A November vote puts Pinellas County at a crossroads in the quest to prepare for its transportation future.
Will Greenlight Pinellas get the green light?
That question won’t be answered until after Nov. 4, when a countywide transportation proposal goes to public vote. The Pinellas Suncoast Transit Authority (PSTA) seeks to change its funding from the current property-tax source to a 1-percent sales tax. County residents will decide. The interim jockeying, though, makes the Kentucky Derby look like a walk in the park.
At stake is only this small prize: the chance for transformational improvements to the county’s transit service — adding choices for residents while also enhancing the county’s image as a worthy place to live, work and play. You know, lifestyle and economic development.
No big deal, right?
Actually, in June a very big deal was struck that ultimately could determine Greenlight Pinellas’ fate. In essence, the $2.2 billion Greenlight plan encompasses a 65 percent expansion of the authority’s bus network, including Bus Rapid Transit lines on most major Pinellas corridors; buses running to and from Tampa and the airport in the evenings and on weekends; longer service hours to accommodate second-shift workers and evening travelers; and the development of future passenger rail from St. Petersburg to Clearwater via the Gateway/Carillon area.
Supporters view the effort as a vital first step towards mass transit across Tampa Bay. The plan would be implemented over a span of 30 years.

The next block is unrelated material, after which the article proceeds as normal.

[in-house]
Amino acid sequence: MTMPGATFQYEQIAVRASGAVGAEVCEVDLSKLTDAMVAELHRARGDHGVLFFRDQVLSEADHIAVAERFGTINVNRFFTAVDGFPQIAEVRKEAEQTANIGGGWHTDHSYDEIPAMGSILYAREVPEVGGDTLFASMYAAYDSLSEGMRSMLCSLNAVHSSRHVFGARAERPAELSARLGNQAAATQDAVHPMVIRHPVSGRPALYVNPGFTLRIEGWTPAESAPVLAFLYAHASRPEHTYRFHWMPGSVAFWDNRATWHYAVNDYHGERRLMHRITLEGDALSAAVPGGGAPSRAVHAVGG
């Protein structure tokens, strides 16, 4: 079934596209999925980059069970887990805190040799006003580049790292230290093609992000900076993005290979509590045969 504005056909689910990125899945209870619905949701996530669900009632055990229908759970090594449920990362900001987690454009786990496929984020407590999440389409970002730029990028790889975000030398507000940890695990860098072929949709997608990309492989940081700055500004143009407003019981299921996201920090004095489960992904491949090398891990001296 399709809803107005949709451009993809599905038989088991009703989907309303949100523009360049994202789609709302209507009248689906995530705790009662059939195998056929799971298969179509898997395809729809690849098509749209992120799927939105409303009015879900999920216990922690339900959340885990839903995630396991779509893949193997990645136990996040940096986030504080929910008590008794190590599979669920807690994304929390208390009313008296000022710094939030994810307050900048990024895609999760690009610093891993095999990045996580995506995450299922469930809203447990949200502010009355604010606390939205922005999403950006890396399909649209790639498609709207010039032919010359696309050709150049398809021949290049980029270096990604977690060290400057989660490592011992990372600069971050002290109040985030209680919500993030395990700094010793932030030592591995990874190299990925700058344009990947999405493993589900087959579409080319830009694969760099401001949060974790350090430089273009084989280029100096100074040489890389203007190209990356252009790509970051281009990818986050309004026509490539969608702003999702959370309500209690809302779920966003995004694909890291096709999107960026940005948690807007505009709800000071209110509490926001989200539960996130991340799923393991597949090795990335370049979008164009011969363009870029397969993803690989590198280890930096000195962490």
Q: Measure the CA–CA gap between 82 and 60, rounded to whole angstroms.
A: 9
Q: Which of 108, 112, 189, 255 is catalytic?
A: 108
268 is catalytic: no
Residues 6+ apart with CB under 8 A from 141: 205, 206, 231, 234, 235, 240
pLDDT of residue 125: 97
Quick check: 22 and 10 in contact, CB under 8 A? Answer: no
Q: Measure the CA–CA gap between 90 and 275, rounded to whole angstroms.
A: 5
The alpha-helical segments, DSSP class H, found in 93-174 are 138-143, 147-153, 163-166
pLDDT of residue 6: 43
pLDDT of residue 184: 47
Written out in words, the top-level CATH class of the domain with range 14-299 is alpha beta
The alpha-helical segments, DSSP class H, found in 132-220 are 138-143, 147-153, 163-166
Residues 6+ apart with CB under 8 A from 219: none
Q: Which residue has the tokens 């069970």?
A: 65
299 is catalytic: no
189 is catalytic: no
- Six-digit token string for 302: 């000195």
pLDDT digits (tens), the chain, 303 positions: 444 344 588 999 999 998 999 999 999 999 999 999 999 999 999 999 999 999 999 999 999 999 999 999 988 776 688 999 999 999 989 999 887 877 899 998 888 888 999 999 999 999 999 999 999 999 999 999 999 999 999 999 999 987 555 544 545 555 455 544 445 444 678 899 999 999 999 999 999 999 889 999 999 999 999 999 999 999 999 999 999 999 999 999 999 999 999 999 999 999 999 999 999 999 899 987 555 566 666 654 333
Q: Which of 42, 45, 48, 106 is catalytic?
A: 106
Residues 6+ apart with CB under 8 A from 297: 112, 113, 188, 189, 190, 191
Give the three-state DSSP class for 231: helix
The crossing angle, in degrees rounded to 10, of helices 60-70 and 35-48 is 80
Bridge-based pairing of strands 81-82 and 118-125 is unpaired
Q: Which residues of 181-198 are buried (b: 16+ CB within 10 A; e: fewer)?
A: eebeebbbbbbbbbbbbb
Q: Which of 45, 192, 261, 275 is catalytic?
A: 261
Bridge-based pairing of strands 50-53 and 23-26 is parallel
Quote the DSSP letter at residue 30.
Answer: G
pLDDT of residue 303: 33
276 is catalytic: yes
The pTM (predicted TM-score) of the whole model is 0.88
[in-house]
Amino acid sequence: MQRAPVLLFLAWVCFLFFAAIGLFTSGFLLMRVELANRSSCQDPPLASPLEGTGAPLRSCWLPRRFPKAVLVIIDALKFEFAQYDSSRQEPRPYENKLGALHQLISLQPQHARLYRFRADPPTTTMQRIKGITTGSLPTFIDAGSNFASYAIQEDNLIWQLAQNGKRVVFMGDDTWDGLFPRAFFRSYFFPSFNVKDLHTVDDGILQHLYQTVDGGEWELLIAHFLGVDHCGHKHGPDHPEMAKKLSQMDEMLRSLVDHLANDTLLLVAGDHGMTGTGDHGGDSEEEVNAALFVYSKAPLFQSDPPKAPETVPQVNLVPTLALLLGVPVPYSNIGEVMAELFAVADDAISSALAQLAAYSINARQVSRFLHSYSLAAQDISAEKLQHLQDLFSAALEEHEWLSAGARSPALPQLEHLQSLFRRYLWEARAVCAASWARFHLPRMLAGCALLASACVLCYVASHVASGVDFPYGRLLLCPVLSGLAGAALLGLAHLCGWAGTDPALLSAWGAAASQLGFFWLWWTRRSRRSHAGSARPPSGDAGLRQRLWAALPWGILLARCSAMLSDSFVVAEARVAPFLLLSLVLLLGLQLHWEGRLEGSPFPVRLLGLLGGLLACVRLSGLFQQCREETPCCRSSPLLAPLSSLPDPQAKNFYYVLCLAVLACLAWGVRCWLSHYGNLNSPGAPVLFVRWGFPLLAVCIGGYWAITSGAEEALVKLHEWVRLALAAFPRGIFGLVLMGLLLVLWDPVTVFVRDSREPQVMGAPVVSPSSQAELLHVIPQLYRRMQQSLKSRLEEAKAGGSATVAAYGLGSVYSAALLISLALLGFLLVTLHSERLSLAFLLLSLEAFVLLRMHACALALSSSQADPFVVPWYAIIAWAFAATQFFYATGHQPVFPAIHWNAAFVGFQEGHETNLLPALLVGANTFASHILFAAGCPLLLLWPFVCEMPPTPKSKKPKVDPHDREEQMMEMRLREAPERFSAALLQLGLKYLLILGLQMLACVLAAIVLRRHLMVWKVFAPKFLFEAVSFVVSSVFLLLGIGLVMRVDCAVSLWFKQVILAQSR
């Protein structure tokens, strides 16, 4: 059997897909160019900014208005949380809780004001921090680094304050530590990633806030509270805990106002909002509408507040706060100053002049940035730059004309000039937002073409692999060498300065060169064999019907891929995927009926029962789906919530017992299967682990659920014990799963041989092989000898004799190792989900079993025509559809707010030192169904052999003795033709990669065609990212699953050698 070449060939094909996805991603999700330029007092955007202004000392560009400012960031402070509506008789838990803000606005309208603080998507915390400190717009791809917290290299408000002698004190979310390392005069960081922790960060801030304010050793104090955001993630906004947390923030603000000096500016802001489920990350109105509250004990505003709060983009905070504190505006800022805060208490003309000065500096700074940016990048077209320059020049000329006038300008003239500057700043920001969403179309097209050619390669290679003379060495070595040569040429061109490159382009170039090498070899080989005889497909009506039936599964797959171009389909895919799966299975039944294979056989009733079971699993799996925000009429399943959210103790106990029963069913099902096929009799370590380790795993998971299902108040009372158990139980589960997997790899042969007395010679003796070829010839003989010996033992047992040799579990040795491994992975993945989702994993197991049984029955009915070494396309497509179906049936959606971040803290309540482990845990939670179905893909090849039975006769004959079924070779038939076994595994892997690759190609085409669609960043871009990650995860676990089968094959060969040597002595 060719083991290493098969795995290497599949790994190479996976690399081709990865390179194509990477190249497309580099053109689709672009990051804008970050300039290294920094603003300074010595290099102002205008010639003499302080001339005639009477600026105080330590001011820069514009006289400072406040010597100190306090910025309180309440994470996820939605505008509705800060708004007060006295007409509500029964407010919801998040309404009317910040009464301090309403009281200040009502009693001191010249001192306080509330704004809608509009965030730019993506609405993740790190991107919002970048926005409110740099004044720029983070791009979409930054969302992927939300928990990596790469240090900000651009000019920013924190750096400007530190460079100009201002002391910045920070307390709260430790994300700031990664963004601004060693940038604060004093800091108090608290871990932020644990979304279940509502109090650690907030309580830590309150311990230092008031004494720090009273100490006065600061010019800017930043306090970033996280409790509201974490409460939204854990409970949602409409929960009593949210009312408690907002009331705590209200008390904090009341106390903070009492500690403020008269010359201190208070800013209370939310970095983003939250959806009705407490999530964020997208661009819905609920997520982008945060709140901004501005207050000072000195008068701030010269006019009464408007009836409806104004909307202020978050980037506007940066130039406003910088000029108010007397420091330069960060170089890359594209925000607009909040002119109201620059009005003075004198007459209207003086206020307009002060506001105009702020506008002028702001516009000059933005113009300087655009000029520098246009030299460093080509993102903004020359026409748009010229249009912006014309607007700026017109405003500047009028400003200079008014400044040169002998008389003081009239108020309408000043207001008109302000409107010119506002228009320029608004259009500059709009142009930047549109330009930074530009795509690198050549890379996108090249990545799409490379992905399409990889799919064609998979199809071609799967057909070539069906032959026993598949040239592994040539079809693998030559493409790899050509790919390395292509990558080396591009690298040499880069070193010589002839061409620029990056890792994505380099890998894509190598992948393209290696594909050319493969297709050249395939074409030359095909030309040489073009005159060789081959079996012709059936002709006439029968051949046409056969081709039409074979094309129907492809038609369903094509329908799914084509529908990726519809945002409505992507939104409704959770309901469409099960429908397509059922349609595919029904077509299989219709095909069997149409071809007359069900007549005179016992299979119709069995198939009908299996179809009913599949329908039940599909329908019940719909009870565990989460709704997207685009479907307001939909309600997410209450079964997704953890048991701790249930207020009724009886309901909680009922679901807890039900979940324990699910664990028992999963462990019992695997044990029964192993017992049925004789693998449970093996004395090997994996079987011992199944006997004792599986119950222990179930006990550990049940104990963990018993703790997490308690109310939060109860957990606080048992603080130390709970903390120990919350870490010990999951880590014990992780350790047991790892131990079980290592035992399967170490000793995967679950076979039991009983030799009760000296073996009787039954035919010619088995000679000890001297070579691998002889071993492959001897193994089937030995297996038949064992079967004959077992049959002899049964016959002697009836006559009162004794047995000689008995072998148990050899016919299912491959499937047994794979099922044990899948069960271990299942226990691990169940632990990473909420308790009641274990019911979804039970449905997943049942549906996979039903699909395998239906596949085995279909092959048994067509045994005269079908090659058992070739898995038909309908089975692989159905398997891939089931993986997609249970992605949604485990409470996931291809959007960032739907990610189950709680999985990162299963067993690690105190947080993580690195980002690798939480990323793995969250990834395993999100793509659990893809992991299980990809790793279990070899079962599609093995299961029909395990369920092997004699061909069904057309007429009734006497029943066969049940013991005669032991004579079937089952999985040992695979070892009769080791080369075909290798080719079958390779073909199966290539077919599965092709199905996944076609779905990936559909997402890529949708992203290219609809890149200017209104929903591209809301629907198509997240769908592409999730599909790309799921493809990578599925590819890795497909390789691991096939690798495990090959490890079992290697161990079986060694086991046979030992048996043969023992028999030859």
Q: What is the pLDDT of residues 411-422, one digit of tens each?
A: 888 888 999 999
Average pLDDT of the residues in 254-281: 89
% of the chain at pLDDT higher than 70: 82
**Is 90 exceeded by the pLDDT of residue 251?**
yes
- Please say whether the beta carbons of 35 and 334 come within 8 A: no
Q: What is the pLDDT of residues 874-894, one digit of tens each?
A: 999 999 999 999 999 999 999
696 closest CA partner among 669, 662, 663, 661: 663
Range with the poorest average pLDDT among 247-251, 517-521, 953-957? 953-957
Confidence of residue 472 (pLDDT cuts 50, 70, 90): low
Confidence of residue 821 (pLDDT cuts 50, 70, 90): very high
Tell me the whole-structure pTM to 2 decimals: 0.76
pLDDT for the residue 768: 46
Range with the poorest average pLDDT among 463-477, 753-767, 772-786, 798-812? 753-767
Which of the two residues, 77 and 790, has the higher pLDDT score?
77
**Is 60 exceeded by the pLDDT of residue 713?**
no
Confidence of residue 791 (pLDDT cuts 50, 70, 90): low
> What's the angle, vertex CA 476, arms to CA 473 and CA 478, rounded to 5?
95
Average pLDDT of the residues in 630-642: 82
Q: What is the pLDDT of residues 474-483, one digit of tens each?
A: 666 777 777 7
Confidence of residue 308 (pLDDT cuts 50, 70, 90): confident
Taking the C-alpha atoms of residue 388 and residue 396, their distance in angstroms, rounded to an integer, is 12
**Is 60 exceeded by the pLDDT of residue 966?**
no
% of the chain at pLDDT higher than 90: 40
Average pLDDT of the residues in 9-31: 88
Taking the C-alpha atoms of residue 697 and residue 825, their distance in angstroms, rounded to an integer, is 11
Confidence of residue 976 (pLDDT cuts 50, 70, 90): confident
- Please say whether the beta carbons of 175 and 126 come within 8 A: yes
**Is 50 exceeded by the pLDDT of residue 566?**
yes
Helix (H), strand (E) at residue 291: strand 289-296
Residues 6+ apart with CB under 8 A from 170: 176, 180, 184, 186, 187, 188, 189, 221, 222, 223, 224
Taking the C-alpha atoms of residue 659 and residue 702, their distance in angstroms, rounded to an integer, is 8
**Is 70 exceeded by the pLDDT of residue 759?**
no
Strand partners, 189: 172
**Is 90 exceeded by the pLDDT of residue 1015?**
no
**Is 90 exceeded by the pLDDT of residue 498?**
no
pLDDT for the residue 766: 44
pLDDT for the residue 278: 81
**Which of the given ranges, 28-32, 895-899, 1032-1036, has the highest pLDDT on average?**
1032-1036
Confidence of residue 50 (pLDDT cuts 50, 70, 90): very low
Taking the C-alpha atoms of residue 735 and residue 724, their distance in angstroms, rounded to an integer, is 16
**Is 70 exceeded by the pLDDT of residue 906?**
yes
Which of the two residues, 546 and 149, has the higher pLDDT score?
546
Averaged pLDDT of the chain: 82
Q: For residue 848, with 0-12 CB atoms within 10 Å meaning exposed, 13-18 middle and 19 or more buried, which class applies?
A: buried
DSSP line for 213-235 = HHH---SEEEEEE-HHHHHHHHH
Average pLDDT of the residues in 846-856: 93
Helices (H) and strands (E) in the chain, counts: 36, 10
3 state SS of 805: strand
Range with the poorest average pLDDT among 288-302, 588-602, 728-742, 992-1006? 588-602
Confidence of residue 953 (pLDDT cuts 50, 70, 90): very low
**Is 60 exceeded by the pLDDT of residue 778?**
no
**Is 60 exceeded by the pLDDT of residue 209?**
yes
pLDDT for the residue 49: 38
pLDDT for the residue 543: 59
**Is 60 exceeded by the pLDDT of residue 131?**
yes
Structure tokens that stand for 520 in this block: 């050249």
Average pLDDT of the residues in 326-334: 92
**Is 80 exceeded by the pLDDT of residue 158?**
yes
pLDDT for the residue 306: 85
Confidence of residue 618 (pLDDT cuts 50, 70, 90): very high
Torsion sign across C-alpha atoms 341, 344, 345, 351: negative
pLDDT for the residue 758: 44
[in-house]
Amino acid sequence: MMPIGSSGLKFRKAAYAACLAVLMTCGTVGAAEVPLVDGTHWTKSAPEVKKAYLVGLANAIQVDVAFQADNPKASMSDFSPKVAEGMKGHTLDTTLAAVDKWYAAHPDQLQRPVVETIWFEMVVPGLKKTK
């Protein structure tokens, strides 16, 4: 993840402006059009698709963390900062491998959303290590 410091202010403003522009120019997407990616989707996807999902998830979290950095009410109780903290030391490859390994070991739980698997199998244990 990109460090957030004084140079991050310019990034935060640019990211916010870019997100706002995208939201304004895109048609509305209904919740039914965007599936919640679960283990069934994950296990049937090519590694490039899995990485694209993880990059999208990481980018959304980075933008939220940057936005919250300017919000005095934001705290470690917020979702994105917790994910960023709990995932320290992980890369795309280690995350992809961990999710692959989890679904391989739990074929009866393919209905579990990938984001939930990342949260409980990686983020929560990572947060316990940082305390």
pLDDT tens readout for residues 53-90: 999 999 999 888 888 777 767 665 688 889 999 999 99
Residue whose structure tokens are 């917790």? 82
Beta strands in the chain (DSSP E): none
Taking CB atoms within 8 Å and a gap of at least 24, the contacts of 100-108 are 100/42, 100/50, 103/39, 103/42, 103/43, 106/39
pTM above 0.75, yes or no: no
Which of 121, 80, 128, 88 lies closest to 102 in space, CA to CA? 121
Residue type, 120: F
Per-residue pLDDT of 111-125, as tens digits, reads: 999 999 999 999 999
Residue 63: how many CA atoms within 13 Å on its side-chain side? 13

All might have been lost, however, were it not for the June 3 agreement between Pinellas County commissioners and the PSTA, giving the county control about how the PSTA could use the sales-tax revenue, estimated to bring in $130 million annually. Also, the agreement largely prevents future transit boards from reintroducing property taxes.
Opponents of Greenlight Pinellas had decried additional taxation and the possible misuse of those revenues.
A sigh of relief could be heard in the office of St. Petersburg Mayor Rick Kriseman, along with counterparts throughout the region, among others. Following the agreement, Indian Rocks Beach Mayor R.B. Johnson, Clearwater Mayor George Cretekos and Tampa Mayor Bob Buckhorn joined Kriseman in a show of support.
Call it politics and promise.
Greenlight Pinellas, indeed, offers the latter.
Aside from bus-service upgrades, enhancements would form a foundation of quick, easy and convenient connections to a future passenger rail line from St. Petersburg to the Gateway/Carillon area and to Clearwater. Tampa Bay leaders hope this rail system will complement SunRail in Metro Orlando.
Also, consider that while the recession has reduced PSTA’s property tax revenue by more than $40 million since 2008, ridership has increased nearly 20 percent during the same period. To help prevent further service cuts, the agency is using reserve funds to accommodate all-time record ridership. If the Greenlight measure doesn’t pass, those reserves would be depleted by 2017, according to PSTA.
There is a need. There is opportunity. There is a vote. And, to be clear, there is much at stake.
This article was printed as “Seeing the Light.”